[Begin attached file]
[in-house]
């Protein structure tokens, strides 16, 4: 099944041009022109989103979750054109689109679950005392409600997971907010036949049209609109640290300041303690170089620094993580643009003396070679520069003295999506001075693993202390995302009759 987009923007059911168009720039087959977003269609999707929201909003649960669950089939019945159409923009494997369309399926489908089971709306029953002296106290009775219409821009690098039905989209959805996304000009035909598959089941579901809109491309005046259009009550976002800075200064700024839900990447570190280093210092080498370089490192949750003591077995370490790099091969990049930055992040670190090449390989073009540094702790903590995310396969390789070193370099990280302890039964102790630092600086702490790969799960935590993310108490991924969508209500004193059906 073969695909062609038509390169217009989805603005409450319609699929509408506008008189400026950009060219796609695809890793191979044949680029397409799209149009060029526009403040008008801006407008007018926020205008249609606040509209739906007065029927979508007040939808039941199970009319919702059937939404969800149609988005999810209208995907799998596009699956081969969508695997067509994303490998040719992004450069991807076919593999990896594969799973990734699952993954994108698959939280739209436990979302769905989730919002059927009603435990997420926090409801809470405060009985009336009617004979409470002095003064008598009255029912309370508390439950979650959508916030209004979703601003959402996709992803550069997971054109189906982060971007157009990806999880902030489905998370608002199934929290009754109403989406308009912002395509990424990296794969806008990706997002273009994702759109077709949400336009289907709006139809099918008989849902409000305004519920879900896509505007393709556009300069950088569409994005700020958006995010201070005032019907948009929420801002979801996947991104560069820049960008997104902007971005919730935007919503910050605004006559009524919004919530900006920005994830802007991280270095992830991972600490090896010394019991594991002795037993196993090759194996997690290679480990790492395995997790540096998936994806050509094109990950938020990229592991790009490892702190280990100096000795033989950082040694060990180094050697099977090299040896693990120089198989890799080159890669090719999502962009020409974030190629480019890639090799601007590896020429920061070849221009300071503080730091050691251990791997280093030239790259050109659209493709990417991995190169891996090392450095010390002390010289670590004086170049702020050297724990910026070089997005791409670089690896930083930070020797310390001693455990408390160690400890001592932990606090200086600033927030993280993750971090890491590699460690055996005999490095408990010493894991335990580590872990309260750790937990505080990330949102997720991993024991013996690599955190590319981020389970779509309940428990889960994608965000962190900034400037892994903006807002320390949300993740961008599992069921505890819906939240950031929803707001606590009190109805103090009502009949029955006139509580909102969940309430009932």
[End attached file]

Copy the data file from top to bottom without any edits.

[in-house]
């Protein structure tokens, strides 16, 4: 099944041009022109989103979750054109689109679950005392409600997971907010036949049209609109640290300041303690170089620094993580643009003396070679520069003295999506001075693993202390995302009759 987009923007059911168009720039087959977003269609999707929201909003649960669950089939019945159409923009494997369309399926489908089971709306029953002296106290009775219409821009690098039905989209959805996304000009035909598959089941579901809109491309005046259009009550976002800075200064700024839900990447570190280093210092080498370089490192949750003591077995370490790099091969990049930055992040670190090449390989073009540094702790903590995310396969390789070193370099990280302890039964102790630092600086702490790969799960935590993310108490991924969508209500004193059906 073969695909062609038509390169217009989805603005409450319609699929509408506008008189400026950009060219796609695809890793191979044949680029397409799209149009060029526009403040008008801006407008007018926020205008249609606040509209739906007065029927979508007040939808039941199970009319919702059937939404969800149609988005999810209208995907799998596009699956081969969508695997067509994303490998040719992004450069991807076919593999990896594969799973990734699952993954994108698959939280739209436990979302769905989730919002059927009603435990997420926090409801809470405060009985009336009617004979409470002095003064008598009255029912309370508390439950979650959508916030209004979703601003959402996709992803550069997971054109189906982060971007157009990806999880902030489905998370608002199934929290009754109403989406308009912002395509990424990296794969806008990706997002273009994702759109077709949400336009289907709006139809099918008989849902409000305004519920879900896509505007393709556009300069950088569409994005700020958006995010201070005032019907948009929420801002979801996947991104560069820049960008997104902007971005919730935007919503910050605004006559009524919004919530900006920005994830802007991280270095992830991972600490090896010394019991594991002795037993196993090759194996997690290679480990790492395995997790540096998936994806050509094109990950938020990229592991790009490892702190280990100096000795033989950082040694060990180094050697099977090299040896693990120089198989890799080159890669090719999502962009020409974030190629480019890639090799601007590896020429920061070849221009300071503080730091050691251990791997280093030239790259050109659209493709990417991995190169891996090392450095010390002390010289670590004086170049702020050297724990910026070089997005791409670089690896930083930070020797310390001693455990408390160690400890001592932990606090200086600033927030993280993750971090890491590699460690055996005999490095408990010493894991335990580590872990309260750790937990505080990330949102997720991993024991013996690599955190590319981020389970779509309940428990889960994608965000962190900034400037892994903006807002320390949300993740961008599992069921505890819906939240950031929803707001606590009190109805103090009502009949029955006139509580909102969940309430009932």